ir OW that the light aeroplane has attained a degree of safety and ease of control which makes it a reasonably reliable means of transport when in charge of anyone of
normal intelligence, manufacturers are devoting more and more attention to the question of performance. A higher cruising and all-out speed seems to be the aim of all designers, and as a result engines of increased power are being adopted, and the reduction of drag by very careful streamlining and other means is the order of the day.
Head resistance is being attacked very thoroughly by American designers, and “spats,” or streamline fairing over the landing wheels and retractable undercarriages are found on quite a number of types. In this country nothing much has been done in this direction so far, although I believe that the retractable undercarriage is being experimented with by one or two firms. This feature certainly appears to be a very desirable one where more m.p.h. is being sought after, and when the various problems attached to it have been satisfactorily solved, it is not unlikely that it will ultimately replace the orthodox type of landing gear. Meanwhile aero-engine designers are hard at work trying to get more power from motors which weigh less than their prototypes, for with a high power-weight ratio a really low landing speed, a greater power reserve and a quicker cruising speed are made possible, and it is in these directions that the ‘plane for the private owner must develop. It does not seem so very long ago when we thought that anything below three lbs. per b.h.p. was a great achievement ; now it has been brought down to very nearly 1 lb. per b.h.p. with some engines—as, for example, the latest Pobjoy. This little power unit, I think, deserves to be better known. It was first built in. 1926, and although until quite recently it was never made on a production basis, several examples of the early experimental models are in use and giving satisfactory service. The latest Pobjoy, known as the ” R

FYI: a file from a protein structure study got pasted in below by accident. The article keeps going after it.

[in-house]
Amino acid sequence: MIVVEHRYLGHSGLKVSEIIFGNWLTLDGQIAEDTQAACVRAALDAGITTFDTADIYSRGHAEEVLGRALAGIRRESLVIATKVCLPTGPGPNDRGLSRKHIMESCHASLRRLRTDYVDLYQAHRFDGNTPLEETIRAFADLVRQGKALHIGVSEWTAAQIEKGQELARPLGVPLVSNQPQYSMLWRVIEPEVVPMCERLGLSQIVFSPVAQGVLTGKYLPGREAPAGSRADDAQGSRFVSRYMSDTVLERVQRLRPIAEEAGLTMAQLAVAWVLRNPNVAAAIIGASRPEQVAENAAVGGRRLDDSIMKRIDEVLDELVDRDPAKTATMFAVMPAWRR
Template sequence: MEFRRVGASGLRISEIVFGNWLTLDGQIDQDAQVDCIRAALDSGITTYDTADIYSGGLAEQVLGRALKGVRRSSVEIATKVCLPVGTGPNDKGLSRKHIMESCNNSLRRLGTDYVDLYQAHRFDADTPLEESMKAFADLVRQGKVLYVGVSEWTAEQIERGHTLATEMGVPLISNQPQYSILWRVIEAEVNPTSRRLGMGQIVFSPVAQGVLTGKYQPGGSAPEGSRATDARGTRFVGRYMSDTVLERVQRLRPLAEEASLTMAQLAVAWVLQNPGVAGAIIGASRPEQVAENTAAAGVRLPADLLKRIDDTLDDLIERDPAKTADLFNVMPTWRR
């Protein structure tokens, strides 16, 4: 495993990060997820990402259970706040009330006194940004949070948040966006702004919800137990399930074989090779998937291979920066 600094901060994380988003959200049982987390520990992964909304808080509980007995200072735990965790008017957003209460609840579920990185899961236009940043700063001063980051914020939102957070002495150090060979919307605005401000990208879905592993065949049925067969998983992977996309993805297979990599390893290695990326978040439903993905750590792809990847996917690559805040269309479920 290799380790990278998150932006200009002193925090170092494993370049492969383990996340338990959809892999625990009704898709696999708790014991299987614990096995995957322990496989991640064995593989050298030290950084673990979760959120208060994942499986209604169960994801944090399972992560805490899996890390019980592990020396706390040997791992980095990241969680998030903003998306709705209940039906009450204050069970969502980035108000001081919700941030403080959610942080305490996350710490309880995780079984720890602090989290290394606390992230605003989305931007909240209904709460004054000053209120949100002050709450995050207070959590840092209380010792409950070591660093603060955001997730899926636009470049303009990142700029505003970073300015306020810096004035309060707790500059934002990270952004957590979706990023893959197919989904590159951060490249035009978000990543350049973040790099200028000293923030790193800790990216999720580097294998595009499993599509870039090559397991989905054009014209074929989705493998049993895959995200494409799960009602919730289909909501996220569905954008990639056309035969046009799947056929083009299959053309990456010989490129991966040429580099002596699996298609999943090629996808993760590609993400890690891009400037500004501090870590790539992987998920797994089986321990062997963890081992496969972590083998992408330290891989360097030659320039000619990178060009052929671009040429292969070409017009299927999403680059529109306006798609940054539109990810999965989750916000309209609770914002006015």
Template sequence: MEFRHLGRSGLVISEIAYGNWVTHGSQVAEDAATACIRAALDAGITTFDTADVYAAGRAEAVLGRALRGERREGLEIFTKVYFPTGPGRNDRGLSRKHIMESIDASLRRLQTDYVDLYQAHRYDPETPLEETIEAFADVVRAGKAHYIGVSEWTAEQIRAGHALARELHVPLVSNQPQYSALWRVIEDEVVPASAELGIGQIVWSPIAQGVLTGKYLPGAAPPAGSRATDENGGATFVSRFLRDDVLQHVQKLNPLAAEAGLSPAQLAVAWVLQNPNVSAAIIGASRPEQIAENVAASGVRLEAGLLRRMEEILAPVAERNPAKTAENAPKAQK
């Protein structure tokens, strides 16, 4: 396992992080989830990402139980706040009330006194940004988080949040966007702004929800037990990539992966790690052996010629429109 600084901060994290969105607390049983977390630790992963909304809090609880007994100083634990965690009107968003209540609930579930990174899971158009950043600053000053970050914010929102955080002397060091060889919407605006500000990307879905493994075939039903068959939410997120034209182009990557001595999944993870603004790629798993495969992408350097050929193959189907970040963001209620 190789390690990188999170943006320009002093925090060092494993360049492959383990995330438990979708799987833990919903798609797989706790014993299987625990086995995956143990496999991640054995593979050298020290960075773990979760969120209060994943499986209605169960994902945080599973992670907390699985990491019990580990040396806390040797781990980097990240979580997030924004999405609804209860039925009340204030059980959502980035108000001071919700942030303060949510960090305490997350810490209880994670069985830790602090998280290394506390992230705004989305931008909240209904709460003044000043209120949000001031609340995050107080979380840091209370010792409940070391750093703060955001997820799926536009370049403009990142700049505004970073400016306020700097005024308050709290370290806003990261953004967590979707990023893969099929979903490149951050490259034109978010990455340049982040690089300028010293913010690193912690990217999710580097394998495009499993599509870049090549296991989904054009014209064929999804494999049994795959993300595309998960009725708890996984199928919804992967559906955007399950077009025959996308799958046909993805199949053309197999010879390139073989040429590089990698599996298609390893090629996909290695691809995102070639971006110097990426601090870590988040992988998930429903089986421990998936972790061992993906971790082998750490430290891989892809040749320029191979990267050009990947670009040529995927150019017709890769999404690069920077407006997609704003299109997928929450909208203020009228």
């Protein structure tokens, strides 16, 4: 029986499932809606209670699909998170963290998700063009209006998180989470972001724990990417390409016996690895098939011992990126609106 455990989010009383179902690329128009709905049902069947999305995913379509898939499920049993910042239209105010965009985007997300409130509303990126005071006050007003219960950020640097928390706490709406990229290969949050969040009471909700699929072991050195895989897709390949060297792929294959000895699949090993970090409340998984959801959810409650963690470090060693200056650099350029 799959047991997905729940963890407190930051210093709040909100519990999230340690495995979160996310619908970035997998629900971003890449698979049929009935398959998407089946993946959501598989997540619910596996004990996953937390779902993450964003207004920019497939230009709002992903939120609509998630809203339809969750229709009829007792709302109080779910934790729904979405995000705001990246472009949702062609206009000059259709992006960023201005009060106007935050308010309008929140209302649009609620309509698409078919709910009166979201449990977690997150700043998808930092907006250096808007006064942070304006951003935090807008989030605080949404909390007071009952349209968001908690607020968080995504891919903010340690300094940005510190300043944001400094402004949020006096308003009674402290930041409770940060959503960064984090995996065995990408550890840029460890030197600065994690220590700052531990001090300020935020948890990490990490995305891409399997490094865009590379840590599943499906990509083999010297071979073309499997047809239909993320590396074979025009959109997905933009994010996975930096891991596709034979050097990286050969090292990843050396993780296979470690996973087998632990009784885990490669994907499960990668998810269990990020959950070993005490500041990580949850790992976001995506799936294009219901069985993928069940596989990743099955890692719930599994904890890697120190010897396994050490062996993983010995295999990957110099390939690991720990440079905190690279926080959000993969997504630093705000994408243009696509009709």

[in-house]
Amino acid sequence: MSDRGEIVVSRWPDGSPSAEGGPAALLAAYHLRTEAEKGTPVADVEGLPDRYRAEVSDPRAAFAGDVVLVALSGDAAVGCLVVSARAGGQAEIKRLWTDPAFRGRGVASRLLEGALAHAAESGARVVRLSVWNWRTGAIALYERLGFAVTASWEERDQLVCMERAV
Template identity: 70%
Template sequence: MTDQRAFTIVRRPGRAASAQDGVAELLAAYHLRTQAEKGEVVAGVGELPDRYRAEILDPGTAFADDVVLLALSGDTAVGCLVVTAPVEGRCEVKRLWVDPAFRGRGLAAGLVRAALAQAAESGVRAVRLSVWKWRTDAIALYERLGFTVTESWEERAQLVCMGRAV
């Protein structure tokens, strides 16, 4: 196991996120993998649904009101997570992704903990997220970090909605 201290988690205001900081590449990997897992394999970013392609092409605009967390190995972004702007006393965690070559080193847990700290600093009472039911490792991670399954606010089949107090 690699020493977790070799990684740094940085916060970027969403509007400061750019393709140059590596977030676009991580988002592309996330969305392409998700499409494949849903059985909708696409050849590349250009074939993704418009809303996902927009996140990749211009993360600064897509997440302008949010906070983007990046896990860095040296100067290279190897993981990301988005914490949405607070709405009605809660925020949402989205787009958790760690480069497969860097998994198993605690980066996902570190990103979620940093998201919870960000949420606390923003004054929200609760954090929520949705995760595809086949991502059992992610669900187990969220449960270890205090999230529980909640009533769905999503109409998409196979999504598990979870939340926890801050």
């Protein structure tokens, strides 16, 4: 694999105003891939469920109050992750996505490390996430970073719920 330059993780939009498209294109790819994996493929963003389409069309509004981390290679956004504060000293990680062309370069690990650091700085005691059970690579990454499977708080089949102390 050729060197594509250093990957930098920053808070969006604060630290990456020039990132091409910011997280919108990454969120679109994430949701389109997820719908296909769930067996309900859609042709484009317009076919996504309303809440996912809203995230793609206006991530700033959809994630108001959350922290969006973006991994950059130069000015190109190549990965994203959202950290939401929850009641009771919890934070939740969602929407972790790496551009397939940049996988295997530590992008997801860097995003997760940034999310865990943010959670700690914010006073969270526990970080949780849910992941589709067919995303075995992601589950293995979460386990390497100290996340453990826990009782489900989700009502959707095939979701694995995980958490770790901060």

“type, came through its type test very well indeed ; the petrol consumption works out at .57 pints per b.h.p. hour, and the oil, 0.9 pints per hour, but what is really remarkable is the fact that it weighs complete with exhaust pipes, hand starter, and propeller hub only 130 lbs. Its normal output is 75 h.p., and thus the powerweight ratio is 1.7 b.h.p. The makers (Pobjoy Airmotors, Ltd., of Hooton, Cheshire), in writing to me about their engine, point out that in order to avoid installation difficulties they supply the unit complete with cowlings, oil tank and cooler, all ready for mounting in the air frame. The Pobjoy ” R ” runs at a fairly high speed for an aircraft engine, with 3,000 r.p.m. as its normal speed and a geared prop. The reduction gear consists of a pair of double helical wheels, and to assist in steadying the drive, a small hollow flywheel is incorporated. One of
its salient qualities is an exceptionally smooth running at all speeds secured by virtue of its revs and seven small cylinders.
Speed, Weight and Power.
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